The NuForces offer lively and expressive dynamics, doing an especially good job with leading edge transients and moderate to large orchestral swells. One potential problem, though, is that the amps are so expressive that you tend to forget that they produce “only” 160Wpc; when pushed to their limits the Ref 9s eventually run out of steam before blockbusters such as Musical Fidelity’s kW500 would. When driven at less than “go-nuts” volume levels, however, the NuForces paradoxically sound more authoritative and dynamically alive than many higher-powered amps do.
Finally, I found the Ref 9s produced very wide and deep soundstages, though not quite on a par with the MBL 9011s or, especially, the ASR Emitter II (the ASR is, I think, in a class by itself in terms of soundstage depth and precision). Nevertheless, the NuForces can go toe-to-toe with amps several times their price and prevail by virtue of their uncanny ability to delineate layers of front-to-back depth in the soundstage, and to reproduce small reverberant details that suggest the acoustics of the recording venue.
What can’t the Reference 9s do? Well, one thing they don’t do, or at least don’t do easily, is to present the sort of holographic, “glowing from within” midrange qualities that the very finest tube amplifiers sometimes exhibit (the VTL Siegfrieds and certain WAVAC amplifiers would be good examples). Though I would never call the NuForces sterilesounding, they do have a certain accurate- to-a-fault, garbage-in/garbage-out quality. Basically, these amps will try and make speakers conform to the incoming music signals, for better or worse. But in a sense this very faithfulness to the signal is what makes the Reference 9 so rewarding on great recordings.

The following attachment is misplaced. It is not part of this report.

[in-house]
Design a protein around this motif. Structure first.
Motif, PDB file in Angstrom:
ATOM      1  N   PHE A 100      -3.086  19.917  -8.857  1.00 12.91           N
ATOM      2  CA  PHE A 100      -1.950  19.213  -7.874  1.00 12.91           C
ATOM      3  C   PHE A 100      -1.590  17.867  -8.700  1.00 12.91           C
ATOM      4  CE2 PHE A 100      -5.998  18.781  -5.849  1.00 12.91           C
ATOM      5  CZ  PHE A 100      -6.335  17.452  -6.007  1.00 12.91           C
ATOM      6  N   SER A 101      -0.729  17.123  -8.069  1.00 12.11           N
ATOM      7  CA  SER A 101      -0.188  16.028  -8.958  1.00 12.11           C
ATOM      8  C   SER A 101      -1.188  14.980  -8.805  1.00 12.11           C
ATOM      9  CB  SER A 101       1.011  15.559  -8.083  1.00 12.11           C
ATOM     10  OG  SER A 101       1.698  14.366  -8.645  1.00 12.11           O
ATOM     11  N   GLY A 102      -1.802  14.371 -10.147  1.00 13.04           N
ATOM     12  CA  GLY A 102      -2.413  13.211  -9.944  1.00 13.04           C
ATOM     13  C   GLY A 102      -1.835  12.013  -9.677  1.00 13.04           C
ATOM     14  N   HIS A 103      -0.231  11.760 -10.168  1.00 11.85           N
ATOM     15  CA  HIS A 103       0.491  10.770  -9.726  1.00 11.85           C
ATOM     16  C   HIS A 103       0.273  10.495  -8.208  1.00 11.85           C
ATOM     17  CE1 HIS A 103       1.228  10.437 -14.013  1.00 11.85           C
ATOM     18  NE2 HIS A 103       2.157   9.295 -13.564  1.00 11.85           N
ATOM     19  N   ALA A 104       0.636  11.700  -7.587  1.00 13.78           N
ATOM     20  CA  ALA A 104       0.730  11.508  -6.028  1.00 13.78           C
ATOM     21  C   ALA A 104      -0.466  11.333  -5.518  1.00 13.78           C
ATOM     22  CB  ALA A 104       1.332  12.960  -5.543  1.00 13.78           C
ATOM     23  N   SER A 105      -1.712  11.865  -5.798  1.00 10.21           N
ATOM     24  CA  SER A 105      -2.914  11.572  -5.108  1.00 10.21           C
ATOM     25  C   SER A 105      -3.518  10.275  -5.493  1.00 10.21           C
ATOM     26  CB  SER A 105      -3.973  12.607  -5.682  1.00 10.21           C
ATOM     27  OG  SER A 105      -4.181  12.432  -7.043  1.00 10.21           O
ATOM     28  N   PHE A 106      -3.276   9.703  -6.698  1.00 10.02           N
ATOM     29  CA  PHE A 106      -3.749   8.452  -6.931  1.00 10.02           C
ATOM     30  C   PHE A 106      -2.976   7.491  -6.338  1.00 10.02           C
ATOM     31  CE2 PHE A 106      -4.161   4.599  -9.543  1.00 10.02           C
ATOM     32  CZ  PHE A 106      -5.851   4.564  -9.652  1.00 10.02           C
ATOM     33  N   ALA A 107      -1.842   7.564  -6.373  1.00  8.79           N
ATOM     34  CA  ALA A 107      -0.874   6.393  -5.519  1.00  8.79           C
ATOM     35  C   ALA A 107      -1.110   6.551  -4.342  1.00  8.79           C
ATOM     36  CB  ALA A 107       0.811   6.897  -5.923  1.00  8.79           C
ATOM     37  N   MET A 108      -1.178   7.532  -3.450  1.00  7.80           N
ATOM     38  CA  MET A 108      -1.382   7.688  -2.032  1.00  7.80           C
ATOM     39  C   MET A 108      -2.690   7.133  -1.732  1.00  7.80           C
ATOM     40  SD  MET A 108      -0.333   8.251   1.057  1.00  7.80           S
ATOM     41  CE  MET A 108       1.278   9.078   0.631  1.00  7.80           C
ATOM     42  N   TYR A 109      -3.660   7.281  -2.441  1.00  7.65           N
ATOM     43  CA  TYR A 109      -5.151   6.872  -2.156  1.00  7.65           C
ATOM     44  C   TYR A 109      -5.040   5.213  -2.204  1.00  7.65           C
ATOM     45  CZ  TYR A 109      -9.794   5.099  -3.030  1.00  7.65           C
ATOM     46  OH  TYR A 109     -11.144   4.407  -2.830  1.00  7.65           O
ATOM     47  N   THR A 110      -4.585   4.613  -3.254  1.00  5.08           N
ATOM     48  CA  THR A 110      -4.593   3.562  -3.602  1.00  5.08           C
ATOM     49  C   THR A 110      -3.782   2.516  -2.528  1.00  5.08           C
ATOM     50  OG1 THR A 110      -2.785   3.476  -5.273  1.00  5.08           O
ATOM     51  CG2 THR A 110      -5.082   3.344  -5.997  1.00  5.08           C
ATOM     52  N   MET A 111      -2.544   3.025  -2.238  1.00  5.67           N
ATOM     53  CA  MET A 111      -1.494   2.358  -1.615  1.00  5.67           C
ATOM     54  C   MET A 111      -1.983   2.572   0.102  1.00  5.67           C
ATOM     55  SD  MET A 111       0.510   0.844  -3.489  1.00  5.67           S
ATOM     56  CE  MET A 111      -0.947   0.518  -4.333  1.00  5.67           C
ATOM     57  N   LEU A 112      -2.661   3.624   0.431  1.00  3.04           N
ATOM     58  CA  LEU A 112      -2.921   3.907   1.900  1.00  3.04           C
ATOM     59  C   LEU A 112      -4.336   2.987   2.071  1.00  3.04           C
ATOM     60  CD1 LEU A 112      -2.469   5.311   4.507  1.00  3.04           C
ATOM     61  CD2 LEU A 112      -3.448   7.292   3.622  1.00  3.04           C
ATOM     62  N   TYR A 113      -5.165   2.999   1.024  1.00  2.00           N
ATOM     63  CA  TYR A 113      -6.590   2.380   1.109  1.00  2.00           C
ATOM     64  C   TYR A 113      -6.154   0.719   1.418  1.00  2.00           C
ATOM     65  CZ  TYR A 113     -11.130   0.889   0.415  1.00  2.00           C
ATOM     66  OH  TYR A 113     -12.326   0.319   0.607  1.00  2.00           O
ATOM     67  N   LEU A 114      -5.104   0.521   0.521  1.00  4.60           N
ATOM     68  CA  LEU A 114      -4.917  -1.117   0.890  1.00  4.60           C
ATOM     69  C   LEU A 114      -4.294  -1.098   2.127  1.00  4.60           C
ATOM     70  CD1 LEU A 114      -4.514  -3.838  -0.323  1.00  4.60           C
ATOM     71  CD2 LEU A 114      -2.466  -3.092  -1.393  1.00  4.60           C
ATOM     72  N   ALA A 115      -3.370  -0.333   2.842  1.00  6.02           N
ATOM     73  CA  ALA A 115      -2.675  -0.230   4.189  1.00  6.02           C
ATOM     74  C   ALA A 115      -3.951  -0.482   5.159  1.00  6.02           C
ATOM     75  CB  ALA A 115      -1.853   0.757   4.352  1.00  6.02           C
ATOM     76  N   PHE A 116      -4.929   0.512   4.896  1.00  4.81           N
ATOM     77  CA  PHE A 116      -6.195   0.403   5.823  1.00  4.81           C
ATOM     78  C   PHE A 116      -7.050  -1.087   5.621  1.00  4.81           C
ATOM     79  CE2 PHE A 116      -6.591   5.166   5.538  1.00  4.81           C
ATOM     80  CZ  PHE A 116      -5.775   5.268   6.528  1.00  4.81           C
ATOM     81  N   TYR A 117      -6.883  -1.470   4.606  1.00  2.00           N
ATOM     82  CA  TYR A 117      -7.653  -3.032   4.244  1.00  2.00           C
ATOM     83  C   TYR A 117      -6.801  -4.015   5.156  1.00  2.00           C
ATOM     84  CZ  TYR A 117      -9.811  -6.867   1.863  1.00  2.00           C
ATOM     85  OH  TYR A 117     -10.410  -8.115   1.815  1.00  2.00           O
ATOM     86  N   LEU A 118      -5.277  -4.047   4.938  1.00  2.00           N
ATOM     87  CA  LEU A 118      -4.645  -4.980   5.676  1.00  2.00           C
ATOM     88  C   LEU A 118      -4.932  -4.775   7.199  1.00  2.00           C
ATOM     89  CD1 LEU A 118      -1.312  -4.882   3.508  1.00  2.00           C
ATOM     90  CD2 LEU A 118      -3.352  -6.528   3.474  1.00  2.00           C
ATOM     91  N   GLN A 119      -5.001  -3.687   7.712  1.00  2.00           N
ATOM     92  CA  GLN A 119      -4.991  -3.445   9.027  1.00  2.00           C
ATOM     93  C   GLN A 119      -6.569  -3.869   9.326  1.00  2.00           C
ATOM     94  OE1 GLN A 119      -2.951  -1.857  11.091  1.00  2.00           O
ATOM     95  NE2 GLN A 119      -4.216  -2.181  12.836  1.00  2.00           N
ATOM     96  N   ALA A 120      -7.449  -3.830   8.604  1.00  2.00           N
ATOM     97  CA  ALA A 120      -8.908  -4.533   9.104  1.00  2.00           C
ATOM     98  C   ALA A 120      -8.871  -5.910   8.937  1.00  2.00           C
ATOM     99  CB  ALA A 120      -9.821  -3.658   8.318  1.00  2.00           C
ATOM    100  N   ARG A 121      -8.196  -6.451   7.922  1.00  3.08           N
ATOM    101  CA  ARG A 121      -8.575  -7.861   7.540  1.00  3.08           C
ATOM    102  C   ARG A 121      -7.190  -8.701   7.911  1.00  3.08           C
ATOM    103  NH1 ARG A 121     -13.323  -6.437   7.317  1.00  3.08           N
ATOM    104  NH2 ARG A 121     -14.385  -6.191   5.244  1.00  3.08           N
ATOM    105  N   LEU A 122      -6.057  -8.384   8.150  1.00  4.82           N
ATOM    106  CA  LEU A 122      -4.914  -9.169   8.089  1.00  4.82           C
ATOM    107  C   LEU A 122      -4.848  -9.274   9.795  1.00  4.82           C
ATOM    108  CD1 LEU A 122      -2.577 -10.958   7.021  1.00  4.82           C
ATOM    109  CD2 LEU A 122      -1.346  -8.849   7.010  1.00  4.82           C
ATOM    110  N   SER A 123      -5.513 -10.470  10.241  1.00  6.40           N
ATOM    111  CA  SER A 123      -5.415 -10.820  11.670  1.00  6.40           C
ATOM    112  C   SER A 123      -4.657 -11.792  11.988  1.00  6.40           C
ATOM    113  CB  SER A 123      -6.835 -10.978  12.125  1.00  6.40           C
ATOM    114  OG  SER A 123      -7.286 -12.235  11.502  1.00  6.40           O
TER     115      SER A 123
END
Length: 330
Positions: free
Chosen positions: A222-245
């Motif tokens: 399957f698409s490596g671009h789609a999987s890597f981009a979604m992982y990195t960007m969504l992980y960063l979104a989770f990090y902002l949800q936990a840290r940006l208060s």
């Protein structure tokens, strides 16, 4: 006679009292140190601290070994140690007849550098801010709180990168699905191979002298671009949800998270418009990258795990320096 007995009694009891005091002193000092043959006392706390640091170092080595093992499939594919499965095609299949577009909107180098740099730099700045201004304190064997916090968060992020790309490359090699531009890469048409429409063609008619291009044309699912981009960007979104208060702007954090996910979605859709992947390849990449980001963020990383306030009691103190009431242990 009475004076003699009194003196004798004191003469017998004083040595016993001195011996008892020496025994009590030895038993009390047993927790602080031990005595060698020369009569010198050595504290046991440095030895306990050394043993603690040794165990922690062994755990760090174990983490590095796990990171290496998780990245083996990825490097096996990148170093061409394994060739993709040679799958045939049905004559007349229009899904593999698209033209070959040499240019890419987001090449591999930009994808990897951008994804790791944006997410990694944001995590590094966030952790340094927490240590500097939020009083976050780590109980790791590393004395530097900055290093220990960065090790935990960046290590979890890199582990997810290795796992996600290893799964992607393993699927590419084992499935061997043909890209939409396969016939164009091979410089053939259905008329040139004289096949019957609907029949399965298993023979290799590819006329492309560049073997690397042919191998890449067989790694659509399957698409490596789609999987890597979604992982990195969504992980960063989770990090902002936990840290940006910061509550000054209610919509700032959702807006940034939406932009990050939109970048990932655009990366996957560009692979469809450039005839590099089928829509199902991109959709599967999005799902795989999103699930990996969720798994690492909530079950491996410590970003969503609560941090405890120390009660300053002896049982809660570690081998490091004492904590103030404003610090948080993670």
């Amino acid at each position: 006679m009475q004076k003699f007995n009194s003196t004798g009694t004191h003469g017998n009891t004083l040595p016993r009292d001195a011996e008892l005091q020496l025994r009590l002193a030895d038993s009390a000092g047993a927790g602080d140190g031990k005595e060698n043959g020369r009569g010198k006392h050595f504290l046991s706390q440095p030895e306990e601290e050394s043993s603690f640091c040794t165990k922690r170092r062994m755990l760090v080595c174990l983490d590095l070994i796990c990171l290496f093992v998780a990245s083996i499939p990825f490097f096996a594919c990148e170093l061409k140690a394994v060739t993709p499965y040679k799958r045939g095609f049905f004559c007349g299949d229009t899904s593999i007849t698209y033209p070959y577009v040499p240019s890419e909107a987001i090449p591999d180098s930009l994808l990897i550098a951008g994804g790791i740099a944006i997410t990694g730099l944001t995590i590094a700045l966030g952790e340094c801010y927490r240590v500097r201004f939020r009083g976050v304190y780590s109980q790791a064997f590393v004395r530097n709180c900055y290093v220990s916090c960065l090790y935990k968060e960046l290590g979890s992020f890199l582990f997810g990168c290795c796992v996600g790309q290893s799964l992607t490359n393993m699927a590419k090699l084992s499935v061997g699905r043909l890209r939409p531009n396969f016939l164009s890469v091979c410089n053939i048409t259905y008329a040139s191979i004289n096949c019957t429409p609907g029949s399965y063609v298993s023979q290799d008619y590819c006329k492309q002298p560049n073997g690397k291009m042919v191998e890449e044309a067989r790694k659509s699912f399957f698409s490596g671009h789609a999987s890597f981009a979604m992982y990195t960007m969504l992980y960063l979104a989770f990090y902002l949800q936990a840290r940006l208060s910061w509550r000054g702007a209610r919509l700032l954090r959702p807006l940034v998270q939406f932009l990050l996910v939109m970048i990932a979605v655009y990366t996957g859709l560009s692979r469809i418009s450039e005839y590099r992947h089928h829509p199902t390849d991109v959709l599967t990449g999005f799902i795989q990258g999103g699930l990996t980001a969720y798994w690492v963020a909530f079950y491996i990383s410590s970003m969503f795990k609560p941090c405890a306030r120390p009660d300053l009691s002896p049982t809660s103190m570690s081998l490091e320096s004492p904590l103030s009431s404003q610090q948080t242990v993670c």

An open-ended question, and one that will bear further research, is whether other modern Class D amplifiers sound as good as the NuForces do. Thus far, I’ve briefly heard Class D amplifiers from Channel Islands Audio, Kharma, and Red Dragon Audio, and felt that each offered a lot of potential (though each sounded different from the others). I feel safe asserting that Class D technology has come of age, even for demanding audiophiles.
Prospective buyers should know that the NuForce amps have some minor quirks, which, to NuForce’s great credit, are mostly covered in the amps’ documentation. First, the amplifiers require about 75 hours of burn-in before sounding their best. Second, the amps must be connected to loudspeaker loads before being turned on. Third, the amps produce an annoying “scrritttch” when first powered up. Fourth, the NuForces sometimes exhibit a small but audible increase in background noise when preamp outputs are temporarily muted, though when preamp outputs are not muted the NuForces become dead quiet. Finally, the Ref 9s are very sensitive to ancillary cabling, input connectors, binding posts, and the like. For this reason I strongly recommend ordering your Reference 9s with the optional WBT NextGen RCA jacks (these will set you back an extra 55 bucks per amp, but they are worth every red cent).
Do you find it hard to swallow the idea that a $2610 pair of monoblocks can compete on a nearly equal footing with amplifiers many times their price? I certainly did, but after loaning the NuForces to a colleague whose reference system is far more exotic than my own, the verdict stayed the same: The Reference 9s really are that good. Therefore, I urge you to run, not walk, to the nearest NuForce dealer to audition a set ASAP. If your reactions are even half as favorable as mine, you’ll need your checkbook. Go, now.